In a demonstration against the Federal Communication Commission’s (FCC) efforts to scrap net neutrality laws, Amazon, Netflix, Pornhub, Reddit and many other large websites are banding together to promote a day of action on 12 July 2017.

You might feel like we’ve been here before. And you’d be right, we have. Back in 2014 many of the same websites took part in a so-called internet slowdown protest in favour of net neutrality.

Now internet giants are again coming together to show support for and create awareness of net neutrality. Here’s what you need to know.

What is net neutrality?

Net neutrality is the principle that free speech and multiple opinions should be protected on the internet.

Under current laws internet providers may not block sites and apps that contain legal content, may not limit the speed of certain sites and apps, and may not go into arrangements to ensure certain sites have paid prioritisation for their content.

For instance, Netflix, Facebook, or Amazon could enter into agreements with internet service providers (ISPs) to have their content prioritised and undercut competition at a systemic level either by limiting access to competitors, or ensuring greater speeds for their own websites.

These measures apply to ISPs, and are widely supported by companies such as Google and Netflix, as they claim that without them ISPs would gain significant influence over free market activities on the internet.

These companies fear that once a site has become established and paid for its prioritisation, it will dominate competition and monopolise content provision.

So what’s the issue?

Some ISPs and cable companies feel that as they provide the service, they should be able to run it how they want and dislike government intervention in their business models.

They view current net neutrality laws —  specifically title II of the Communications Act — as unnecessary red tape, and believe it limits innovation in the sector.

They’re also concerned about grey areas around legally available tools that facilitate internet piracy, the selling of partially legal recreational or illegal drugs, and access to the same content overseas where it’s cheaper, nullifying some of the worth of local distribution contracts.

By rolling back or scrapping current laws, some ISPs believe that they would be better able self-regulate and improve consumers experiences online.

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Some proponents of paid prioritisation say media giants like Netflix and Amazon Video have a disproportionate burden on broadband networks and should pay extra.

The UK and US governments also oppose net neutrality on the basis of fighting extremism and terrorism, claiming that the state should be able to filter information to prevent radicalisation.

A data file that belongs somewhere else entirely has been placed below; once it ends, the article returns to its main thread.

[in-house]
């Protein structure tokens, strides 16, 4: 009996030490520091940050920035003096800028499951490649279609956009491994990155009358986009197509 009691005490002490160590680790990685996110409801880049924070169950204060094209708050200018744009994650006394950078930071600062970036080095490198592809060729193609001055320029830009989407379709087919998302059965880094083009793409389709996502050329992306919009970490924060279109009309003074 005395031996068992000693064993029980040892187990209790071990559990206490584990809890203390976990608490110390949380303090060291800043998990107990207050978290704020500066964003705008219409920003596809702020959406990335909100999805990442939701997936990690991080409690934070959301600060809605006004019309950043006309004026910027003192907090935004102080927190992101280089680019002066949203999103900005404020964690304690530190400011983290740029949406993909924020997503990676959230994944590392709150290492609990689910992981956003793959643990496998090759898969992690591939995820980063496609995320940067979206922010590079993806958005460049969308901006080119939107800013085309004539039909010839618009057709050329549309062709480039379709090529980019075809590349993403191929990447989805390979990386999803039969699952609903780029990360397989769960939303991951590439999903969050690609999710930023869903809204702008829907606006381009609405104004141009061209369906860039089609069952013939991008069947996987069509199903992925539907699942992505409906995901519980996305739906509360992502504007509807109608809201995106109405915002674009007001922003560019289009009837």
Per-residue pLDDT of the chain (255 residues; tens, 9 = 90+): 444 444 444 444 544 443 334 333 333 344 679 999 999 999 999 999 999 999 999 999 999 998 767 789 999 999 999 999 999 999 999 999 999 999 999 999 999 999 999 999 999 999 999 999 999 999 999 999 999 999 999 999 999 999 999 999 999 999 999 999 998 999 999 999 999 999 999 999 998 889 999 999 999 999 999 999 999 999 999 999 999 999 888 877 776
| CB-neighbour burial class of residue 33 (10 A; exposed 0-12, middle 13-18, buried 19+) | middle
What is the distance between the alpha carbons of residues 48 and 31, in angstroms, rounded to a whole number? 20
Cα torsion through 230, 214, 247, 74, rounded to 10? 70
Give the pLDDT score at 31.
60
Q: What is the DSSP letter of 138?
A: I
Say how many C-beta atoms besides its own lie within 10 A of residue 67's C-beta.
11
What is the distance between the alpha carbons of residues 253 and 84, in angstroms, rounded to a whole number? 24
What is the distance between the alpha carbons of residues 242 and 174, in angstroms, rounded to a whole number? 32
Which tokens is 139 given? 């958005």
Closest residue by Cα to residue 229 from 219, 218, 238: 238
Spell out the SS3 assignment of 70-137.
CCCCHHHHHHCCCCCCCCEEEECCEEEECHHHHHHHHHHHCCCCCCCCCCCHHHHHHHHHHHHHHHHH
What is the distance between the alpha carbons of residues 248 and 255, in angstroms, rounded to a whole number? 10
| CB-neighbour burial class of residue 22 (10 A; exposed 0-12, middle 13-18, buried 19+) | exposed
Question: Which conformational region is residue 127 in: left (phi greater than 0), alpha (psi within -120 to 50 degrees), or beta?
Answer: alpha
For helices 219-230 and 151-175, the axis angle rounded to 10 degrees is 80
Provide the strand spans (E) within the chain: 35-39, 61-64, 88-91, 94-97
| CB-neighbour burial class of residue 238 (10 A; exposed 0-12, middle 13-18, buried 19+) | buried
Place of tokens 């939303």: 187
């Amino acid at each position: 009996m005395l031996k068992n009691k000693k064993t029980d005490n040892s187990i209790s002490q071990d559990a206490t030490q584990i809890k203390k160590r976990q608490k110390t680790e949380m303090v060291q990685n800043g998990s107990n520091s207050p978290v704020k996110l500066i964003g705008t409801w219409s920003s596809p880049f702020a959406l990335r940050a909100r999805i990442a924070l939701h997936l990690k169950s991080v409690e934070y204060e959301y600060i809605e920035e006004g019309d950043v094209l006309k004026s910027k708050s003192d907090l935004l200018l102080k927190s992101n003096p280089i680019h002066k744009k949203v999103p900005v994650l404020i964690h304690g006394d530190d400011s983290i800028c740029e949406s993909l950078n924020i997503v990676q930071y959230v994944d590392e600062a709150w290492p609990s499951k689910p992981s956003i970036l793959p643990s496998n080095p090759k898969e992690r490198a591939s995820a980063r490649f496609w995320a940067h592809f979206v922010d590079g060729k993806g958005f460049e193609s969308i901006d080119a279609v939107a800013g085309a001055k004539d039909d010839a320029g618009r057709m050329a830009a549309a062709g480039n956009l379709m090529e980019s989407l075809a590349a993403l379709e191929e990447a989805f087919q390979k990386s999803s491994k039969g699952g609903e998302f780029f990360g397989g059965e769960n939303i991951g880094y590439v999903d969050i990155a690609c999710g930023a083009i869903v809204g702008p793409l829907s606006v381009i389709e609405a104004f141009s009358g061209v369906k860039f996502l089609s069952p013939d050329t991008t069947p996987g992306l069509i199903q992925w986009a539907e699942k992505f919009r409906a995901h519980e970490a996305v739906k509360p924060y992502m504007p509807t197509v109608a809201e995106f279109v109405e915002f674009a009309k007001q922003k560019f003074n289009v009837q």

Another claimed benefit is the ability to better combat online child abuse.

However, there are fears from the public, websites, and tech companies that this will represent unwarranted state and corporate intrusion into consumption habits online – including monitoring or inadvertently releasing data on legal activities that are legal, but nevertheless stigmatised, such as pornography or supporting an unpopular political party or position.

In many countries in the world, particularly religious states or dictatorships, the release of such information could lead to public shaming or even violence.

Net neutrality activists claim the internet has thrived precisely due to net neutrality; they claim that it promotes free expression and creativity, rather than making it another potentially censored outlet for content approved by service provider companies and the government.

Critics meanwhile argue that ISP-packaged curated experiences and editorialised content are useful and desirable for consumers as they help to provide a mechanism to sort through internet media in an intuitive way.

Others say that this would inevitably be given to reducing consumer choice in the long run, it could potentially consolidate the present media hierarchy, and would edge-out access to alternatives.

So what’s happening?

Websites, users and online communities will protest the issue en masse on 12 July.

This will include a slowdown of services, information on what is being proposed, and links to the tools to defend net neutrality.

The participants include some of the largest forces of e-commerce and online content provision: Amazon, Netflix, Reddit, Etsy, Kickstarter, Github, Pornhub, Bittorrent, Imgur, the Open Source Initiative, Patreon and many others.

To frame the size of the opposition: in 2016, participating e-commerce site Amazon reported $136bn in revenue, 27 percent up from $107bn in 2015.

With this calibre of support for net neutrality the proposals to scrap title II faces significant opposition.